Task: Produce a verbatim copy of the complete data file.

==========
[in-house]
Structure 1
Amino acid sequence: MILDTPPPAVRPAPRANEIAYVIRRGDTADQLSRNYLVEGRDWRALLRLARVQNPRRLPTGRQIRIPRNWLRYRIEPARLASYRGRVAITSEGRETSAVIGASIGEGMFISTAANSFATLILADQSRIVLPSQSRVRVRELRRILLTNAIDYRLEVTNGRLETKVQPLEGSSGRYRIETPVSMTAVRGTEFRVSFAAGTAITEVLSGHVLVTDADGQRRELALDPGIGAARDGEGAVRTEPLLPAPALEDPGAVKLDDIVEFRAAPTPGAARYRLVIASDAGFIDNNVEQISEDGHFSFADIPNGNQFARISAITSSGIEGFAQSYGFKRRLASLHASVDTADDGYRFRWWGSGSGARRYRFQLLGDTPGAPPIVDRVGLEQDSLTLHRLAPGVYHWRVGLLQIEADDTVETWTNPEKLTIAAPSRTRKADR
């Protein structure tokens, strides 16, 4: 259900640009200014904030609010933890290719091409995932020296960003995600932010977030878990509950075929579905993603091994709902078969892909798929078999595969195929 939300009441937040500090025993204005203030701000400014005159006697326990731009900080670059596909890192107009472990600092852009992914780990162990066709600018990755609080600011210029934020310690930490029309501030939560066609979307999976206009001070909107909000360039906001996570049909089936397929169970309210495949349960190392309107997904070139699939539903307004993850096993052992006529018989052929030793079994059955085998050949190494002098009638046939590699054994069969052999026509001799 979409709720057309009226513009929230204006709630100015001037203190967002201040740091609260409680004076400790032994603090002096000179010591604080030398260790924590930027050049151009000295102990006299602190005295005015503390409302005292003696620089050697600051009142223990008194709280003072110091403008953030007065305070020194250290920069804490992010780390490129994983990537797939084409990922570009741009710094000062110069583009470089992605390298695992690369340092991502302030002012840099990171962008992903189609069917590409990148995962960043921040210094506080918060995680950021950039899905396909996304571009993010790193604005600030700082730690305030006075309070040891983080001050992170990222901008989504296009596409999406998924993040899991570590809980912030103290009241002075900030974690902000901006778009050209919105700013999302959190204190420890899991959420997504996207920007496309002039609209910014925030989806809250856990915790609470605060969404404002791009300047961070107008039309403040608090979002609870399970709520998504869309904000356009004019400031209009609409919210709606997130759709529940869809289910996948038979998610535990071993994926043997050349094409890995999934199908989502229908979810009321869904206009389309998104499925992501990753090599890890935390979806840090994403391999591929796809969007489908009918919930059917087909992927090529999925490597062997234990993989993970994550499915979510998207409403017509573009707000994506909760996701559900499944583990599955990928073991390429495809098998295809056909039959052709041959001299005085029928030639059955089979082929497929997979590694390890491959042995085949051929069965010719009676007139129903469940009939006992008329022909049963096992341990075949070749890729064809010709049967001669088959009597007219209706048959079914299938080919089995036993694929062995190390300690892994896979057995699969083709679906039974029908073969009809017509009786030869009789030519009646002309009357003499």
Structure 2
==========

[in-house]
Structure 1
Amino acid sequence: MILDTPPPAVRPAPRANEIAYVIRRGDTADQLSRNYLVEGRDWRALLRLARVQNPRRLPTGRQIRIPRNWLRYRIEPARLASYRGRVAITSEGRETSAVIGASIGEGMFISTAANSFATLILADQSRIVLPSQSRVRVRELRRILLTNAIDYRLEVTNGRLETKVQPLEGSSGRYRIETPVSMTAVRGTEFRVSFAAGTAITEVLSGHVLVTDADGQRRELALDPGIGAARDGEGAVRTEPLLPAPALEDPGAVKLDDIVEFRAAPTPGAARYRLVIASDAGFIDNNVEQISEDGHFSFADIPNGNQFARISAITSSGIEGFAQSYGFKRRLASLHASVDTADDGYRFRWWGSGSGARRYRFQLLGDTPGAPPIVDRVGLEQDSLTLHRLAPGVYHWRVGLLQIEADDTVETWTNPEKLTIAAPSRTRKADR
């Protein structure tokens, strides 16, 4: 259900640009200014904030609010933890290719091409995932020296960003995600932010977030878990509950075929579905993603091994709902078969892909798929078999595969195929 939300009441937040500090025993204005203030701000400014005159006697326990731009900080670059596909890192107009472990600092852009992914780990162990066709600018990755609080600011210029934020310690930490029309501030939560066609979307999976206009001070909107909000360039906001996570049909089936397929169970309210495949349960190392309107997904070139699939539903307004993850096993052992006529018989052929030793079994059955085998050949190494002098009638046939590699054994069969052999026509001799 979409709720057309009226513009929230204006709630100015001037203190967002201040740091609260409680004076400790032994603090002096000179010591604080030398260790924590930027050049151009000295102990006299602190005295005015503390409302005292003696620089050697600051009142223990008194709280003072110091403008953030007065305070020194250290920069804490992010780390490129994983990537797939084409990922570009741009710094000062110069583009470089992605390298695992690369340092991502302030002012840099990171962008992903189609069917590409990148995962960043921040210094506080918060995680950021950039899905396909996304571009993010790193604005600030700082730690305030006075309070040891983080001050992170990222901008989504296009596409999406998924993040899991570590809980912030103290009241002075900030974690902000901006778009050209919105700013999302959190204190420890899991959420997504996207920007496309002039609209910014925030989806809250856990915790609470605060969404404002791009300047961070107008039309403040608090979002609870399970709520998504869309904000356009004019400031209009609409919210709606997130759709529940869809289910996948038979998610535990071993994926043997050349094409890995999934199908989502229908979810009321869904206009389309998104499925992501990753090599890890935390979806840090994403391999591929796809969007489908009918919930059917087909992927090529999925490597062997234990993989993970994550499915979510998207409403017509573009707000994506909760996701559900499944583990599955990928073991390429495809098998295809056909039959052709041959001299005085029928030639059955089979082929497929997979590694390890491959042995085949051929069965010719009676007139129903469940009939006992008329022909049963096992341990075949070749890729064809010709049967001669088959009597007219209706048959079914299938080919089995036993694929062995190390300690892994896979057995699969083709679906039974029908073969009809017509009786030869009789030519009646002309009357003499």
Structure 2